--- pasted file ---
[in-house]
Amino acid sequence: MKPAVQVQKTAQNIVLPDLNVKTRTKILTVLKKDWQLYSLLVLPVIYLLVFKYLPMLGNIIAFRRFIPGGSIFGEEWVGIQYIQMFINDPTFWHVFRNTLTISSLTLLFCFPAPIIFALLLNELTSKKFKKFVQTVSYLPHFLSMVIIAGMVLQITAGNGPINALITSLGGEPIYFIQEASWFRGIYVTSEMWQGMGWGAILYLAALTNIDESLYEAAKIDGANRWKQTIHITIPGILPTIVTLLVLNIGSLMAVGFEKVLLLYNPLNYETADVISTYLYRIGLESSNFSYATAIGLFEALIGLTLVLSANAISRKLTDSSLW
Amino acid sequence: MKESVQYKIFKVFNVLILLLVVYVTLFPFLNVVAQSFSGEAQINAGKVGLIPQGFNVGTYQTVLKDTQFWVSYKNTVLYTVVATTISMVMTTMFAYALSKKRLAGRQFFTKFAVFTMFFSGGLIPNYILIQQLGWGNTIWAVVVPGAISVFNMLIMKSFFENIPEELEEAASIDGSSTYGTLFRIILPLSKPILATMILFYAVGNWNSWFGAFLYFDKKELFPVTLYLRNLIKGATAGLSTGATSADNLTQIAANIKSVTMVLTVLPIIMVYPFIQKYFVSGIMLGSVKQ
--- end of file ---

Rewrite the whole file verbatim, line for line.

[in-house]
Amino acid sequence: MKPAVQVQKTAQNIVLPDLNVKTRTKILTVLKKDWQLYSLLVLPVIYLLVFKYLPMLGNIIAFRRFIPGGSIFGEEWVGIQYIQMFINDPTFWHVFRNTLTISSLTLLFCFPAPIIFALLLNELTSKKFKKFVQTVSYLPHFLSMVIIAGMVLQITAGNGPINALITSLGGEPIYFIQEASWFRGIYVTSEMWQGMGWGAILYLAALTNIDESLYEAAKIDGANRWKQTIHITIPGILPTIVTLLVLNIGSLMAVGFEKVLLLYNPLNYETADVISTYLYRIGLESSNFSYATAIGLFEALIGLTLVLSANAISRKLTDSSLW
Amino acid sequence: MKESVQYKIFKVFNVLILLLVVYVTLFPFLNVVAQSFSGEAQINAGKVGLIPQGFNVGTYQTVLKDTQFWVSYKNTVLYTVVATTISMVMTTMFAYALSKKRLAGRQFFTKFAVFTMFFSGGLIPNYILIQQLGWGNTIWAVVVPGAISVFNMLIMKSFFENIPEELEEAASIDGSSTYGTLFRIILPLSKPILATMILFYAVGNWNSWFGAFLYFDKKELFPVTLYLRNLIKGATAGLSTGATSADNLTQIAANIKSVTMVLTVLPIIMVYPFIQKYFVSGIMLGSVKQ